Another problem in dealing with stored historical data is that its processing is typically done in batches. Batch processing is great for basic reporting, but for many types of analysis, periodic results are unacceptable. The ability to start calculations with historical data and then take streaming inputs and provide real-time outputs is needed for business-critical applications. For this we look to a technology that was spawned out of automated trading in the financial industry. In that use case, there are many real-time feeds of information that include stock trades, company financial reporting, and weather information (aka Big Financial Data) that traders create complex formulas for buy/sell decision-making.

The generic name for these systems that take multiple real time data feeds and can perform detailed correlation and analysis is Complex Event Processing or CEP. CEP implementations typically provide two types of processing: computational and detection. Computational focuses on sliding windows or window-based calculations based on inbound data. Detection focuses on detecting combinations of events or pattern detection in an input stream.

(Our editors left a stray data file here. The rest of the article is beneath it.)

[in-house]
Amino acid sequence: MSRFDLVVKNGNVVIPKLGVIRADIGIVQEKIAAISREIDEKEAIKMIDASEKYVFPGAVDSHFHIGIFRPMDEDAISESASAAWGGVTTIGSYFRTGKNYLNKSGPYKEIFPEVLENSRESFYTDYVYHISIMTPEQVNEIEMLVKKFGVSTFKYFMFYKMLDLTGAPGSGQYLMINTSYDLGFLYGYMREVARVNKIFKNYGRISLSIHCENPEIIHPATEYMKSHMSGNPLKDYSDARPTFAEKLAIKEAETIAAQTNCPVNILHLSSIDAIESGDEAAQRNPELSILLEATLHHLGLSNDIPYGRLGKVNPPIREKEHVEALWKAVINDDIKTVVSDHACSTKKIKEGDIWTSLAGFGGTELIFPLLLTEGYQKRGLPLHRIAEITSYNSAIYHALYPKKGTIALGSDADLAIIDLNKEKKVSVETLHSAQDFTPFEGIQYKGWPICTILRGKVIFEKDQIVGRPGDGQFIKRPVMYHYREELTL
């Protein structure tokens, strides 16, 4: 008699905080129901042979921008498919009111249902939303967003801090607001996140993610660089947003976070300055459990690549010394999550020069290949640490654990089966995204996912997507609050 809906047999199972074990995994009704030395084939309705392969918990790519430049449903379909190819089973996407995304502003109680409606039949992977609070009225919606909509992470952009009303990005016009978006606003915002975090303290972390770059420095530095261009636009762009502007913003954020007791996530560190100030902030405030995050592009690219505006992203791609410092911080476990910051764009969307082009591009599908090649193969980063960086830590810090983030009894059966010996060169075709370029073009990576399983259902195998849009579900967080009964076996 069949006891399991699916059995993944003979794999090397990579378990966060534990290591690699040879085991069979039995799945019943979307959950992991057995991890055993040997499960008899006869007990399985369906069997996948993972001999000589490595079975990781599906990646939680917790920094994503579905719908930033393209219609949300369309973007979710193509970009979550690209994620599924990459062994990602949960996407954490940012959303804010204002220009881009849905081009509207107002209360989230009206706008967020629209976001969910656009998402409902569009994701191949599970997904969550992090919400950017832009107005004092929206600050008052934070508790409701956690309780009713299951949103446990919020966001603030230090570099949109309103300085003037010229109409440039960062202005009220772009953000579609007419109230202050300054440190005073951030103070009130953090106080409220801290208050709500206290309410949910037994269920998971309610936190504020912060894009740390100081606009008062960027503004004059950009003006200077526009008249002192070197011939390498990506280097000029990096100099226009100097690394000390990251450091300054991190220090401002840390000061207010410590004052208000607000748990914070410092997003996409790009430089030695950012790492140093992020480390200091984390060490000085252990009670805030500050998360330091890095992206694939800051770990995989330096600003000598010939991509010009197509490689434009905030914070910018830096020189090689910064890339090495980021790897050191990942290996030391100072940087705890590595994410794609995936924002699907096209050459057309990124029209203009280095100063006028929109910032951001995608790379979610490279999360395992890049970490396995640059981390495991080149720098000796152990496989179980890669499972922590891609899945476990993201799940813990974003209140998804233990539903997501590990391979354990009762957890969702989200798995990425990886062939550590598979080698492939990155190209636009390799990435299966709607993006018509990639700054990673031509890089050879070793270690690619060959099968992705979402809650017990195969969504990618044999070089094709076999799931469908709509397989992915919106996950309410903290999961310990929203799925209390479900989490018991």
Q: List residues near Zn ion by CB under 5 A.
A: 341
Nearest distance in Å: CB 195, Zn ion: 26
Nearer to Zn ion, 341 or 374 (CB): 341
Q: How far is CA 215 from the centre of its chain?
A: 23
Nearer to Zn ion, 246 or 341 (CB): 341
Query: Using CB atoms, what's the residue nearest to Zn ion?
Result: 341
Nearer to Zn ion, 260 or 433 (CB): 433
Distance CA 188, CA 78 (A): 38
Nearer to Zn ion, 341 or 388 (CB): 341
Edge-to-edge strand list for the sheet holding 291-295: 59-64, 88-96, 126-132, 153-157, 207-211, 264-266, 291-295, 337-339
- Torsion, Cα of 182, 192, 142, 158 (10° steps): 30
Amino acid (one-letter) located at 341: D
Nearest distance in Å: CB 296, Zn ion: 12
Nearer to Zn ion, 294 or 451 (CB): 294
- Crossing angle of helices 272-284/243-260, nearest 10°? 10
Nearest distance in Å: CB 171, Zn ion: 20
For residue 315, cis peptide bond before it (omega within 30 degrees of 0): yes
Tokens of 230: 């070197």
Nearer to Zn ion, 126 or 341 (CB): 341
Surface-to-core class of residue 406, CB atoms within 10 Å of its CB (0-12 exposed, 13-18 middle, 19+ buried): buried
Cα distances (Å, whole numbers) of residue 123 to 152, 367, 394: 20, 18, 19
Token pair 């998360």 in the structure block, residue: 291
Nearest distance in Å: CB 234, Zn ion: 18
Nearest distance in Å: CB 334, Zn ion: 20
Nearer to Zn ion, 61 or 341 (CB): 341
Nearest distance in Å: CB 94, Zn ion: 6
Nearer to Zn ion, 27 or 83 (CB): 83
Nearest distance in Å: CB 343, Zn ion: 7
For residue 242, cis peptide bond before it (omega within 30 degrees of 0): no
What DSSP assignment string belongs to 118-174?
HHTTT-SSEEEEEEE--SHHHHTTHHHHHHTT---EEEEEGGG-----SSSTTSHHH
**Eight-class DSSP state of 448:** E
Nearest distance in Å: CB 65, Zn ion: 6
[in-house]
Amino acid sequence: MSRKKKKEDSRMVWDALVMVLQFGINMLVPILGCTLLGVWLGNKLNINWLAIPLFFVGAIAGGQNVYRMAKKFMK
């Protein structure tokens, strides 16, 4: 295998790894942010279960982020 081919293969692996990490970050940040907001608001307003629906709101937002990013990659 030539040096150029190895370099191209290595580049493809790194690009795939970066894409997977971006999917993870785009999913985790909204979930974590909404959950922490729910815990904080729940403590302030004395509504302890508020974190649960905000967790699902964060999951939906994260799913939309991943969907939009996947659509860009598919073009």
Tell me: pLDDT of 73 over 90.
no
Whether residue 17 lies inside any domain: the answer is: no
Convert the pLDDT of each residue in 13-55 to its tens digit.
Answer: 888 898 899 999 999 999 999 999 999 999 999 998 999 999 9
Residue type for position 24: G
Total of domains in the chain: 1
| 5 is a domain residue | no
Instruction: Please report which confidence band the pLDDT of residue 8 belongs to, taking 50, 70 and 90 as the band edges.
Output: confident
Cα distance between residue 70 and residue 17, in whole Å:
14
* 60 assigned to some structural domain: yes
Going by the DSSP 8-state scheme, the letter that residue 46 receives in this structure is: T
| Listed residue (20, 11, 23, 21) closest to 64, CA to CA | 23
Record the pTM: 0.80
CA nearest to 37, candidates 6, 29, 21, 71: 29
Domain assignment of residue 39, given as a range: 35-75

If we take these Big Data concepts and create a specific set of tools targeted at virtualization, the tasks should become even easier to handle. We are going to start to see the creation of technology building blocks targeted at the management of large virtualization environments. A starting point for integrating the NoSQL and CEP technologies would be a domain-specific language (DSL) for virtualization. Domain-specific languages are dedicated to a specific problem and thus allow the solution to be expressed more clearly -- in this case, the interaction with and analysis of Big Data generated by the next generation of virtualized data centers. Examples of other DSLs are SQL for interaction with relational databases or HTML for the creation of Web content.